Simple Ways To Include Screen-Free Learning In Your Summer


The end of the school year and start of summer is a time that provides parents and students with opportunities to begin new routines, to explore new activities, and to continue learning outside the classroom and away from screens. Independent free play is an important aspect of childhood, and the summertime is a perfect time for it. Plus, incorporating educational activities is simpler than you think.

Success starts by asking these questions:

  • What motivates my children?

  • What activities do they enjoy?

  • What are their strengths?

  • Which new skills do they want to develop?

Your answers are the foundation for how to develop engaging activities, and the following tips are the building blocks for a memorable summer filled with learning and fun.

  1. Communicate. For early learners, the simple tasks of talking and listening are opportunities to learn. Using language to describe your daily tasks and your observations as you move through the day helps young children make sense of the world around them. For older children, hearing rich language helps build new vocabulary and expand their knowledge. Sing songs. Ask questions. Tell stories. Have your children do this right along with you.

  2. Turn learning into a game. If there is a skill that your child needs to work on, ditch the workbook and play a game. Take sight word cards and play a game of “Go Fish.” Have kids keep score when you play miniature golf. Need to practice math facts? Get a deck of cards, flip two of them over and multiply them together. Keep it simple and fun!

  3. Get moving. It is always helpful to connect movement to learning. Write letters on your driveway in sidewalk chalk. Ask your children to run, jump, or hop to various letters. Predict how many steps it will take to walk the sidewalk in front of your house. Try it out to see if your prediction is correct. Do your children need to practice spelling? Give them words to spell and throw a ball back and forth to each other when you say each letter in the word.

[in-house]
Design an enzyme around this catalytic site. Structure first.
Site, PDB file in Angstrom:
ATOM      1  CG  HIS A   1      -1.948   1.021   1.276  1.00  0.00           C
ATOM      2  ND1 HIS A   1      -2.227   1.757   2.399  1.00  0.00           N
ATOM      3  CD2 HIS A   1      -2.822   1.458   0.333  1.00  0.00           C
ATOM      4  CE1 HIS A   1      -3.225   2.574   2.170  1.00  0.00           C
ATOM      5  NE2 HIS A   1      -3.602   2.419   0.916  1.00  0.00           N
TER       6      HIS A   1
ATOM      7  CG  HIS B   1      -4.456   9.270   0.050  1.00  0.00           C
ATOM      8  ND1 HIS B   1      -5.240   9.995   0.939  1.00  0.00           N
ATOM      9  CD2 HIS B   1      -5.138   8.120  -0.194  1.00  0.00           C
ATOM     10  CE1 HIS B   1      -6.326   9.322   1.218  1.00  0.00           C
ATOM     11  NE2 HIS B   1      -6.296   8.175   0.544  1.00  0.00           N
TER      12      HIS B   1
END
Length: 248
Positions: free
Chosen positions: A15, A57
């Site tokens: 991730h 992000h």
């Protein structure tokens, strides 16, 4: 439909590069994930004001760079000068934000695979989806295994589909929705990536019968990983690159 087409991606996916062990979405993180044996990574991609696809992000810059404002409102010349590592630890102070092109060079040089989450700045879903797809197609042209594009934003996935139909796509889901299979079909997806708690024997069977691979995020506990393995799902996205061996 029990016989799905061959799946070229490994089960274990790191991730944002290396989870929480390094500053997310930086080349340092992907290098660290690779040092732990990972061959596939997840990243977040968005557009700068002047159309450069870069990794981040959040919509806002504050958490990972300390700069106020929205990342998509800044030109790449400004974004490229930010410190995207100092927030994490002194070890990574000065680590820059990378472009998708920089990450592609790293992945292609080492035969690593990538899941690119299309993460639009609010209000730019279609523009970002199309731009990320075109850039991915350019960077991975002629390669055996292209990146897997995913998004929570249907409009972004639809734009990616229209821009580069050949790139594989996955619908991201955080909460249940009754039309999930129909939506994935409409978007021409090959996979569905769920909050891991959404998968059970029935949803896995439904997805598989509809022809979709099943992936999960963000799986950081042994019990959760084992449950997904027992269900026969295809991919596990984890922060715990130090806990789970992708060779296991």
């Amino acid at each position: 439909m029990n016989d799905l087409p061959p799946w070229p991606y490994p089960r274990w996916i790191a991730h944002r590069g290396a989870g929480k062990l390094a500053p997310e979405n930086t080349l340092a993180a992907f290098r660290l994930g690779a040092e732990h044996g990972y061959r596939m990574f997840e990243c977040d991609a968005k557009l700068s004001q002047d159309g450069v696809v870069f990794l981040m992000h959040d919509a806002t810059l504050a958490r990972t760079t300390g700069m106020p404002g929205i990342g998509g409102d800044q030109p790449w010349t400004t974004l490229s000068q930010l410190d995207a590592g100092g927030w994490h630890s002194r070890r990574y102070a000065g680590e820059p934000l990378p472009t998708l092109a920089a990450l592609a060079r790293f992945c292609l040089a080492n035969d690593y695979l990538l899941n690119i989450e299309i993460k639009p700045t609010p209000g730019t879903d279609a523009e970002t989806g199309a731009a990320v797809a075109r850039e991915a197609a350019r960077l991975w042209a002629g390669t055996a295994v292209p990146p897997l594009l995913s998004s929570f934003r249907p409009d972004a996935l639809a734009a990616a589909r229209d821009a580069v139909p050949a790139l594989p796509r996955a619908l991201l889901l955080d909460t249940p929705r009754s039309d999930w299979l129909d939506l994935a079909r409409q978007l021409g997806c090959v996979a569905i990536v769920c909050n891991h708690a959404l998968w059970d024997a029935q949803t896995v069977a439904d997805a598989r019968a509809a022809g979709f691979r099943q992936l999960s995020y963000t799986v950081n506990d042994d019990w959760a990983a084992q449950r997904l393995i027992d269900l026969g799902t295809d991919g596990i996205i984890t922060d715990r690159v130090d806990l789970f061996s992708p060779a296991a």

4. Get outside. A change of scenery is good for everyone and makes common activities feel new. If you usually read books on the couch, grab a blanket and take books outside. Go for a nature scavenger hunt at your local park and make a chart or graph of how many different categories of things you see. Make a list of local parks that you would like to visit over the summer and keep notes about each one. At the end of the summer, have your children write a recommendation about their favorite park.

  5. Get messy. Summer warmth and outdoor spaces allow kids to get messy with their learning. Practice forming letters in shaving cream. Use a paint brush and a bucket of water to “paint” your name on the backyard fence. Roll out paper in the backyard and give your child paint. Allow them to experiment with shapes and colors.

  6. Make connections. Help your children become pen pals. They could write to a grandparent, distant friend or local neighbor. If you are traveling this summer, have your children write a postcard including a special memory. They could send it to themselves at home and track how long it takes for the postcard to arrive. Give opportunities to tell jokes. Nothing helps kids make connections better than silliness.

  7. Explore. Help your children be observers of their surroundings. Ask them to look at things in the world with a critical eye. Have them describe the shapes they view as you are out on a walk. What connections can they find between the words you see as you’re driving and those you read in your books? Walk around a local historic area and discuss how life was different for people of the past.

  8. Utilize your local resources. Take a trip to any library in the county where various resources and activities are available for all ages. Visit your local bookstore. And if you need to, reach out to educational professionals in your area to help provide additional academic supports.


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